Vietnam’s Under Invested Agricultural Sector

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Vietnam’s potential in agriculture has long been undervalued and under-invested. Vietnam has a tropical monsoon climate with rich fertile soil in the northern and southern delta where most crops have three cycles each year. Seventy percent of Vietnam’s population live in the rural areas and most of them are engaged in subsistence farming although the majority are net food sellers.

It should also be noted that Vietnam has gone from a net food importer in the 1980’s to a net food exporter today, with major exports in rice, seafood, aquatic products, flowers, pepper and spices. Fruit is also a growing export commodity, with a huge potential.

While Vietnam, has long been recognized as an agricultural economy and foreign invested projects are being implemented, the amount of foreign investment remains low.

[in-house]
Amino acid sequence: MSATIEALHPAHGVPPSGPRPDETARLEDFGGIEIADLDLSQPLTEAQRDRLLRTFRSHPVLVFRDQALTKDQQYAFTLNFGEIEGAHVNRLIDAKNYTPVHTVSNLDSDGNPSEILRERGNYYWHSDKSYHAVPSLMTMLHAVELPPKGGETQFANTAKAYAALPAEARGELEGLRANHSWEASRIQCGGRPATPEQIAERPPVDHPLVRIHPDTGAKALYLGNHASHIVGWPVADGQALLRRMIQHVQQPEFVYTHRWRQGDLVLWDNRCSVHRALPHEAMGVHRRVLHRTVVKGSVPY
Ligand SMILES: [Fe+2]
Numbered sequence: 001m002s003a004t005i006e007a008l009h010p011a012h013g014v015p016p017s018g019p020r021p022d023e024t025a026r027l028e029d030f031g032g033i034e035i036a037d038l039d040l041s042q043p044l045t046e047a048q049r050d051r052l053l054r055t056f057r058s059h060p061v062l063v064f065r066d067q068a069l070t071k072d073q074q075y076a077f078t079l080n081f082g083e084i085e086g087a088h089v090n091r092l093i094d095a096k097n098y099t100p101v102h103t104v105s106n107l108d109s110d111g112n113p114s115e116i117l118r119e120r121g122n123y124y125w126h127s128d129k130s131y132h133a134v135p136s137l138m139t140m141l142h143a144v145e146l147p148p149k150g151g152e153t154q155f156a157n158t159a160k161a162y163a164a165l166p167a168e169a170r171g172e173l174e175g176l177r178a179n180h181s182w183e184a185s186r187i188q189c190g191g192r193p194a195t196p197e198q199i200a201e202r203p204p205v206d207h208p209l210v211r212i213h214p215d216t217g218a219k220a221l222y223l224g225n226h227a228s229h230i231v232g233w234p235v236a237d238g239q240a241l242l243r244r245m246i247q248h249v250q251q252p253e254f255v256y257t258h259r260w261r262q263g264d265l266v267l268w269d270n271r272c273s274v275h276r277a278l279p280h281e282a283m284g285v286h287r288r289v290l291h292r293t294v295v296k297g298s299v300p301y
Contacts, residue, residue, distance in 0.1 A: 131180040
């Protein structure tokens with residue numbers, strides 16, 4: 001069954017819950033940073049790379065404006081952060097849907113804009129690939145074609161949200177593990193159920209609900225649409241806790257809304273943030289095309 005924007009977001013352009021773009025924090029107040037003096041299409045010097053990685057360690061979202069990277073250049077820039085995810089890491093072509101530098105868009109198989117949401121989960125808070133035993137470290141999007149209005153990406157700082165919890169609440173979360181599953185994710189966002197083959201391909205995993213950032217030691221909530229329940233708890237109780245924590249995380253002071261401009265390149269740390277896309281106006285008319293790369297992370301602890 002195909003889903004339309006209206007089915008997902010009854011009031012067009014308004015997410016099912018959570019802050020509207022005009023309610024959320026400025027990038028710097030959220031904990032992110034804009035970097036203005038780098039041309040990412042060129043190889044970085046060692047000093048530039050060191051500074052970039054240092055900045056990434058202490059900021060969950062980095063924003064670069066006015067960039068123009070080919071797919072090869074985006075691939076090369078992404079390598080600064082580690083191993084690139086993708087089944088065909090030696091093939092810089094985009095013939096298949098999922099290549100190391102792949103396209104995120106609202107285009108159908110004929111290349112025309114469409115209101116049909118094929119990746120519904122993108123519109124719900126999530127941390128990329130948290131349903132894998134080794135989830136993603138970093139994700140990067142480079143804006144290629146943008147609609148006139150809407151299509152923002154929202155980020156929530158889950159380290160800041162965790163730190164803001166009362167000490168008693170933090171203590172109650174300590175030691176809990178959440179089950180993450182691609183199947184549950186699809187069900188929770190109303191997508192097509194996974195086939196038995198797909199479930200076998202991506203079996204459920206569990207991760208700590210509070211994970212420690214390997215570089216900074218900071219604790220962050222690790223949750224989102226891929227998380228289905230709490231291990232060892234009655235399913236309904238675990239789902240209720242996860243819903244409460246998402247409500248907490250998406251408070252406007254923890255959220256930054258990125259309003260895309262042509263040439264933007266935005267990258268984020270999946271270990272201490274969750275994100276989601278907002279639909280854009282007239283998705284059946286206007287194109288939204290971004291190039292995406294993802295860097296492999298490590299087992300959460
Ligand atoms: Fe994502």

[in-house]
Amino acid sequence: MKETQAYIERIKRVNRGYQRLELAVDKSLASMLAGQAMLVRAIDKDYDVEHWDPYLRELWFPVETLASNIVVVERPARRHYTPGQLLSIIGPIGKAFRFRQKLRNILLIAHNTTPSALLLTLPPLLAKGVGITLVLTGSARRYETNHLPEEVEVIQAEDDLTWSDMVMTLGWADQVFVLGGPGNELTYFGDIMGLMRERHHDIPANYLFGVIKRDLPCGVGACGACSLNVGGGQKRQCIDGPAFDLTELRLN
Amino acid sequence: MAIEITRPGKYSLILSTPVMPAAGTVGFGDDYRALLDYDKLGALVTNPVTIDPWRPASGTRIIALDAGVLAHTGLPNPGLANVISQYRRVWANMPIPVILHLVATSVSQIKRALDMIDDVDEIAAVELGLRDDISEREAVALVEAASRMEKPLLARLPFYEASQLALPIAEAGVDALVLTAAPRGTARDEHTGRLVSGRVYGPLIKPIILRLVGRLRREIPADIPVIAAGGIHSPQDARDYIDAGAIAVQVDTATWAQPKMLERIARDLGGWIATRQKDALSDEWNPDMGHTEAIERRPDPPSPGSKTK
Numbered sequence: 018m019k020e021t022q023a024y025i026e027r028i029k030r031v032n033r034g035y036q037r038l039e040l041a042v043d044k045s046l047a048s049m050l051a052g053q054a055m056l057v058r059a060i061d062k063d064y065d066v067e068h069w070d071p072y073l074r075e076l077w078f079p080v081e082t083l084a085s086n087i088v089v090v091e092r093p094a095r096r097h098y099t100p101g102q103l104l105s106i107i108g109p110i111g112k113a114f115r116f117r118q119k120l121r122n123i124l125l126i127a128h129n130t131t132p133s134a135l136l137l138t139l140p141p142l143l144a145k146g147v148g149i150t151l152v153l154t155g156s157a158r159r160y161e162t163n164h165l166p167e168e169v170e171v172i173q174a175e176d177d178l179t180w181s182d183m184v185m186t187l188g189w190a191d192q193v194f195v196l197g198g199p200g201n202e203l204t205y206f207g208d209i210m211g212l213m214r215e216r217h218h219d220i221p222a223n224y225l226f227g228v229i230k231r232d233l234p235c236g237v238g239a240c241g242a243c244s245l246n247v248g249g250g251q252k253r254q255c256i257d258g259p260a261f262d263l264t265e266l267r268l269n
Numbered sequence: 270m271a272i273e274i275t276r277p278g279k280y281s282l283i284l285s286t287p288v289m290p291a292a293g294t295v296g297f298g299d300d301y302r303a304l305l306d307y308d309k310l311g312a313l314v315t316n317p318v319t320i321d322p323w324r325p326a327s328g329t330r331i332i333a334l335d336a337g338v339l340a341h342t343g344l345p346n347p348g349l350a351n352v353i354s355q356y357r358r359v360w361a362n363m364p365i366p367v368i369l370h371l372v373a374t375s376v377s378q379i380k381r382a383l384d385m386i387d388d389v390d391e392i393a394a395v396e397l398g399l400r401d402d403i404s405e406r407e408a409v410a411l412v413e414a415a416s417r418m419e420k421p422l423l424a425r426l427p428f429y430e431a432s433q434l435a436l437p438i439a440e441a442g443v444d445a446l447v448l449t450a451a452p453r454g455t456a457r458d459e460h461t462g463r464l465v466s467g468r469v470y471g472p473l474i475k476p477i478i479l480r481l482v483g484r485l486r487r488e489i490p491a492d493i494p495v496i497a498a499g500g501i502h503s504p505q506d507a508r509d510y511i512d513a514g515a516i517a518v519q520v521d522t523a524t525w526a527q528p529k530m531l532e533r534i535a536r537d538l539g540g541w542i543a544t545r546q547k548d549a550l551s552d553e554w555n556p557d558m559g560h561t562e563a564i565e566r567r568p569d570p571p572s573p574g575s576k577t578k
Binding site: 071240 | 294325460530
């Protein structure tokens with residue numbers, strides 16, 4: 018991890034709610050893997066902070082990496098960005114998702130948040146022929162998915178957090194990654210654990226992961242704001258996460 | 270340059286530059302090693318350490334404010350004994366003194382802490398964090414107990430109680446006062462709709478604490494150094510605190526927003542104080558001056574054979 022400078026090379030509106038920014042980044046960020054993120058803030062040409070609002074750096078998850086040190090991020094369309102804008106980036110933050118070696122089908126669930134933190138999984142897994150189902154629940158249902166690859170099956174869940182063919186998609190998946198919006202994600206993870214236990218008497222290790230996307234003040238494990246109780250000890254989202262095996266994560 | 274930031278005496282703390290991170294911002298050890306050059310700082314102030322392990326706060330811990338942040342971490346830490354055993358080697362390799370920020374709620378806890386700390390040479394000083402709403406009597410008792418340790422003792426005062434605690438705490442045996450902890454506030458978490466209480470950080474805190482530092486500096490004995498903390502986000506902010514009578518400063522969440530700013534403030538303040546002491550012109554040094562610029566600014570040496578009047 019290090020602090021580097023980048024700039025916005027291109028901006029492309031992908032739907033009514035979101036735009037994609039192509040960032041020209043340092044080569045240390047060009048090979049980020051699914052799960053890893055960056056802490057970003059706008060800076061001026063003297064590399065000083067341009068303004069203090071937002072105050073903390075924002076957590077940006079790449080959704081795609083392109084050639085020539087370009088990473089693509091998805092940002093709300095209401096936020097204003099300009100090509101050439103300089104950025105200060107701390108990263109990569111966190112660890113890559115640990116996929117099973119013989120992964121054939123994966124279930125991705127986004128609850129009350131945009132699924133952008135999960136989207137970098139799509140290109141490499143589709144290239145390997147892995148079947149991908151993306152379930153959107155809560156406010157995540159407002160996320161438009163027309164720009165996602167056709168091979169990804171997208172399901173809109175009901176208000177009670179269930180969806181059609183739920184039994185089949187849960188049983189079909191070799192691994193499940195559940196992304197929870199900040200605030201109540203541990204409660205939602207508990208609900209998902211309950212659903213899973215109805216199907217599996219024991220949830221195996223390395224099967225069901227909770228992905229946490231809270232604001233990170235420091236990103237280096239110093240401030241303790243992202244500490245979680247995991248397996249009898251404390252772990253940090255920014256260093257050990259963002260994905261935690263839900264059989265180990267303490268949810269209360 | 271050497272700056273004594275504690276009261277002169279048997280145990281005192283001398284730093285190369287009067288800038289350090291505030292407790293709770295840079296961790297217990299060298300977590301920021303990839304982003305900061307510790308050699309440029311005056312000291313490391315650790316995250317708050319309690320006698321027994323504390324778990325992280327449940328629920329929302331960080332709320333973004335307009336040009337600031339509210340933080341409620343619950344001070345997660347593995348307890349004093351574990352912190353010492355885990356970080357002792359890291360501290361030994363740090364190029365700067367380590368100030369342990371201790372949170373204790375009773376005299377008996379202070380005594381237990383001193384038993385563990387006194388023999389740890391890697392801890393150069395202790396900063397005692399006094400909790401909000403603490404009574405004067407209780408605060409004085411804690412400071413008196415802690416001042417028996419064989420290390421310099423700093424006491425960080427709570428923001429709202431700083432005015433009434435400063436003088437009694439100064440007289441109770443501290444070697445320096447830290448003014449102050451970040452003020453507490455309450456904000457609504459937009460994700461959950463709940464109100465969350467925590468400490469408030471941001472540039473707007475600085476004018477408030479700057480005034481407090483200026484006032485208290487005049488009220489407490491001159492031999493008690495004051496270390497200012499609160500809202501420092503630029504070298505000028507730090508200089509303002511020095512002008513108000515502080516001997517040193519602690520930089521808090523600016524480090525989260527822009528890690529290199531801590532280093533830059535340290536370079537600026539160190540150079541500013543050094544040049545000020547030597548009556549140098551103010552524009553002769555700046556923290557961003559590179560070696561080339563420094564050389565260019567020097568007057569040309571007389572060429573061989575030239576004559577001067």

Since the opening of Vietnam’s economy, in 1988, Vietnam has attracted a total foreign investment of US$ 322 billion, however only US$ 3.5 billion has gone into the agriculture, forestry and aquaculture sectors invested in approximately 500 projects.

One of the reasons for the low level of foreign investment, and one of the greatest barriers to entry is the land law and land policies, which are centered around small holdings which create a significant barrier to scalability. According to the Ministry of Agriculture and Rural Development (“MARD”) there will be proposals to the National Assembly and the Government to revise the land laws to remove constraints and create favourable conditions for both domestic and foreign businesses to invest in agriculture in rural areas.

The main foreign investors in Vietnam’s agricultural sector are from Japan, USA and South Korea, and with the recent FTA with South Korea one can expect to see higher levels of investment from Korean companies. However, according to the General Secretary of the Korean Chamber of commerce in Vietnam there are challenges in finding suitable locations, and many challenges concerning collection, storage and transportation. The Japan External Trade Organisation has also forecast that Japanese investment will increase in the sector with a focus on technology transfer, equipment supply, seeds, fresh vegetables and flowers.

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